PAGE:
Replay – Diablo

about X hours ago from
Replay – Diablo

With news of Diablo III heading to Switch, we decided to look back at the game that started it all...on PlayStation. We figure this clunky console port is the best way for people to see just how old the Diablo series is. You'll quickly learn that it's super old. Like "are we looking at a wall or door?" kind of old.

Diablo originally released on PC on December 31, 1996, and many of the hallmark features we turn to this series for today were in that original version. Jeff Cork joins me for a co-op session, and we make a decent amount of progress before disaster sinks in. Turns out, Cork should not be trusted with a bow and arrow.

We also dive into a number of NES games for a variety of quick looks. Enjoy the episode, and come back for a new one in seven days!

15 Random Tidbits About Assassin’s Creed Odyssey

about X hours ago from
15 Random Tidbits About Assassin’s Creed Odyssey

All throughout August, we’re updating our site with information about the game on our latest cover, Assassin’s Creed Odyssey. In addition to the 14-page print feature that subscribers can read, we’ve had in-depth features on mercenaries, a look at some of the gameplay loops you can participate in, and a blast of rapid-fire questions with the game’s director. Not everything we learn during our studio visit fits neatly into a larger feature, though. Rather than leave those little tidbits in the shadows, we’ve compiled some of the most interesting nuggets and are sharing them with you.

1. You’re going to get to know the historian Herodotus over the course of your journey. “Herodotus goes along with you on the main path for a while, and then he ends up on your ship and stays with you,” says Scott Phillips, game director of Assassin’s Creed Odyssey. Hold up. Who’s Herodotus again? “He is well known for recording the events of the wars and going around to different cultures so we have a better idea of who the Greeks were and how they lived and beyond,” says narrative director Melissa MacCoubrey. “He is very good at chronicling those. And then he has an entry about giant ants that mine gold.” Herodotus will even record your adventures, though it remains to be seen where they land on the spectrum between history and giant ants.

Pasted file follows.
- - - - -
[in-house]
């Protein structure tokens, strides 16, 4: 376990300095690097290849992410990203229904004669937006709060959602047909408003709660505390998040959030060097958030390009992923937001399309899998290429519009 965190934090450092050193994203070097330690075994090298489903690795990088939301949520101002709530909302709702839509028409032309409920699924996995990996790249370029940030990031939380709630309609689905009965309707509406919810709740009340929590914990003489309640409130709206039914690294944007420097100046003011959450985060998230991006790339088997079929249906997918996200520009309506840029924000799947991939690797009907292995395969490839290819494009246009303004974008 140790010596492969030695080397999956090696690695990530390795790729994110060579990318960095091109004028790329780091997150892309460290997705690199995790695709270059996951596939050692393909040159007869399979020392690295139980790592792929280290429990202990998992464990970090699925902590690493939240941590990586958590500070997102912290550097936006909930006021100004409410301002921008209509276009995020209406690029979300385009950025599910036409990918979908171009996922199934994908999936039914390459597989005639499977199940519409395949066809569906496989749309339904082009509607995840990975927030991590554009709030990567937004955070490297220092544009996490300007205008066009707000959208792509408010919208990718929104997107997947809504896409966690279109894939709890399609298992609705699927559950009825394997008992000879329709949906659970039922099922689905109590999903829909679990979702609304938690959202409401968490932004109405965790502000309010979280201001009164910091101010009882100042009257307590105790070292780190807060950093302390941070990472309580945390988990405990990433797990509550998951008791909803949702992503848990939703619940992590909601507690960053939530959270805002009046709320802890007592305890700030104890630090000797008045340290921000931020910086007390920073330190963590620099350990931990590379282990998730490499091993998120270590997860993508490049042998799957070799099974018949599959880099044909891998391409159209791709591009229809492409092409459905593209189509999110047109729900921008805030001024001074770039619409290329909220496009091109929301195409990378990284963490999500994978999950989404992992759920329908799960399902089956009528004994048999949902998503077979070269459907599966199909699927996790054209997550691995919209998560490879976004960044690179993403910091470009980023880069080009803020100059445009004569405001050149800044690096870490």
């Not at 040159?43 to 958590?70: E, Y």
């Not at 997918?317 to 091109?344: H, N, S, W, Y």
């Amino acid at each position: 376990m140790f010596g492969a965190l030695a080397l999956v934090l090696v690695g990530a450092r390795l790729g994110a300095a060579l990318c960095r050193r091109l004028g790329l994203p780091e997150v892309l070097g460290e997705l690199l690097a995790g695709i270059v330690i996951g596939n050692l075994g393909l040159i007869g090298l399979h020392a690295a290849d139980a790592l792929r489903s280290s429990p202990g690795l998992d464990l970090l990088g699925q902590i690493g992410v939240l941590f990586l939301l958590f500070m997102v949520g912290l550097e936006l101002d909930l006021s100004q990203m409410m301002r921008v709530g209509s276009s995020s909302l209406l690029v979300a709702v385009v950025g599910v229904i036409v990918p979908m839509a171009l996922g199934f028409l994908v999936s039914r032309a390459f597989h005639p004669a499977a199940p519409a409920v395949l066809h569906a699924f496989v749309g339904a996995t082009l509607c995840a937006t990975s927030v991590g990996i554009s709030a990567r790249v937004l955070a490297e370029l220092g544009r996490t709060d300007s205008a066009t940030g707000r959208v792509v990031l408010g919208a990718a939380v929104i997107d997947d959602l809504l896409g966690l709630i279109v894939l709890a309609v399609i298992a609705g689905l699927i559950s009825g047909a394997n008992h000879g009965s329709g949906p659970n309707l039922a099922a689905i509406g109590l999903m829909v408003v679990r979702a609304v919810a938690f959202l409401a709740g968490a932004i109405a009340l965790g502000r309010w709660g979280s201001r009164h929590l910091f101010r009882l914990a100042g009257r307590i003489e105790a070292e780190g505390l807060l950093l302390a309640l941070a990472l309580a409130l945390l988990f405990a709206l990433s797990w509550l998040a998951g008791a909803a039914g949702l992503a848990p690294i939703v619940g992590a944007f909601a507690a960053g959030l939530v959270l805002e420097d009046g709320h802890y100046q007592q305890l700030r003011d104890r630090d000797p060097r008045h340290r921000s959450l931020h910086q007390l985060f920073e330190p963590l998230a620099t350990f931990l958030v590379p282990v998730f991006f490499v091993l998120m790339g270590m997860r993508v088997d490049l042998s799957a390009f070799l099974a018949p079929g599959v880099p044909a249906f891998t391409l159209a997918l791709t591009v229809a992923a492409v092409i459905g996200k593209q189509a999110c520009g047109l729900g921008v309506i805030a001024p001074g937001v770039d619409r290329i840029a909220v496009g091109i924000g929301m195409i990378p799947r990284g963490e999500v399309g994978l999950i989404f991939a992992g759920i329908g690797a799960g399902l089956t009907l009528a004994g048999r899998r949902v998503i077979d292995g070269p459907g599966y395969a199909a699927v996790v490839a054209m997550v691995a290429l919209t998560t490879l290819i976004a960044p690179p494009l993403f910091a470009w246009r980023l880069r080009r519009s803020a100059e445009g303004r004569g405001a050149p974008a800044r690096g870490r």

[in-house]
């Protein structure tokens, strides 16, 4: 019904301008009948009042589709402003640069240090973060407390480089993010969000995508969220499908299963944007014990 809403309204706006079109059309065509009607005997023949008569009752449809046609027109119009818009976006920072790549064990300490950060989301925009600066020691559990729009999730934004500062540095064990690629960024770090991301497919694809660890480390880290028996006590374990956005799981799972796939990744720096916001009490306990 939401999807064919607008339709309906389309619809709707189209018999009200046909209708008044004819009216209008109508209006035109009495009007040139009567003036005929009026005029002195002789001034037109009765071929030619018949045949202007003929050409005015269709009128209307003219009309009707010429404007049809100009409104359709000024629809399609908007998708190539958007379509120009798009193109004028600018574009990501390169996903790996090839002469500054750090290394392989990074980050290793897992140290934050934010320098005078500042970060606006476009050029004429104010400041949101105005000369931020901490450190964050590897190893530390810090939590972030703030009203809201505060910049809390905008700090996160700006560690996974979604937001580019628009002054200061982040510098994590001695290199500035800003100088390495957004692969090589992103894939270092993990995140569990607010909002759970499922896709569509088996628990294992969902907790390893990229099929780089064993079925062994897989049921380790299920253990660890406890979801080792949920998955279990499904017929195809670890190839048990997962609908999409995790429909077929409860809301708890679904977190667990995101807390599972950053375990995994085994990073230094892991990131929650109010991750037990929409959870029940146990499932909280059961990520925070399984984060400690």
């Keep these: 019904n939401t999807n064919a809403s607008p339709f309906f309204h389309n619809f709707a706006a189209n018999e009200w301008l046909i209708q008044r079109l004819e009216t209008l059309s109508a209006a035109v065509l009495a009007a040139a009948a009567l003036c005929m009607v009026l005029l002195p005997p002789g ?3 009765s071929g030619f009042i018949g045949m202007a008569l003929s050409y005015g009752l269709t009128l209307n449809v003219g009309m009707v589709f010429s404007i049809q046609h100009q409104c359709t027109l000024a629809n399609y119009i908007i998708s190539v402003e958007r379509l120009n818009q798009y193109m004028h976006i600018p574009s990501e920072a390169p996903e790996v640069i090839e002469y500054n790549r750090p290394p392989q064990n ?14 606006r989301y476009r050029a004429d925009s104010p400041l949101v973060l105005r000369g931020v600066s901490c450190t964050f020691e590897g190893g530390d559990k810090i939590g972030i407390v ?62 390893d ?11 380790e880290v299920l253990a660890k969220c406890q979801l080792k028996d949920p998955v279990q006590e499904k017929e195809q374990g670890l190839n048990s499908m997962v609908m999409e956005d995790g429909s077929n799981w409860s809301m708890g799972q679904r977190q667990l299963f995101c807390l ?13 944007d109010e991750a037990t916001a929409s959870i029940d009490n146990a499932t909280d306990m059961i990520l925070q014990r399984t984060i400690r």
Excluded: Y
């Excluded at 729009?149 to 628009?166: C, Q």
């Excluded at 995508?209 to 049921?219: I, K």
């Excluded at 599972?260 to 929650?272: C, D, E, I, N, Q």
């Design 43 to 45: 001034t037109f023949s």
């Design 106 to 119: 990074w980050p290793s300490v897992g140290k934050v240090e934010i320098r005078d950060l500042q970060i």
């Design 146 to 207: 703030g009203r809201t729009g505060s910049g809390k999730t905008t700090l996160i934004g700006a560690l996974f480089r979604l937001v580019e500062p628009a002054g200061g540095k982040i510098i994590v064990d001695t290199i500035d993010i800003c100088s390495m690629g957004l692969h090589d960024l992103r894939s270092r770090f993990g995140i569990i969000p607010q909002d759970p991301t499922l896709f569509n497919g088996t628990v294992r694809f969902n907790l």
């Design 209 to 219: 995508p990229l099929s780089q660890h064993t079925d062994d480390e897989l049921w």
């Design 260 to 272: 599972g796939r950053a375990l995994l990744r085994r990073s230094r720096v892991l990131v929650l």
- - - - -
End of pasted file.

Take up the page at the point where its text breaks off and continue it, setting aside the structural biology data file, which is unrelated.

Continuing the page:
The Top 10 Games On Switch

about X hours ago from
 The Top 10 Games On Switch

Compared to Nintendo's previous console generation (and most generations, frankly), the Switch has come out of the gate incredibly strong. It's only been on the market for a relatively short time, but it already has a solid library of games with plenty worth recommending. For our 10 absolute favorite games, however, you can check out the list below. It's a list we will be updating as often as games worthy of inclusion release. We will kick games off and add new ones as the Switch's library grows.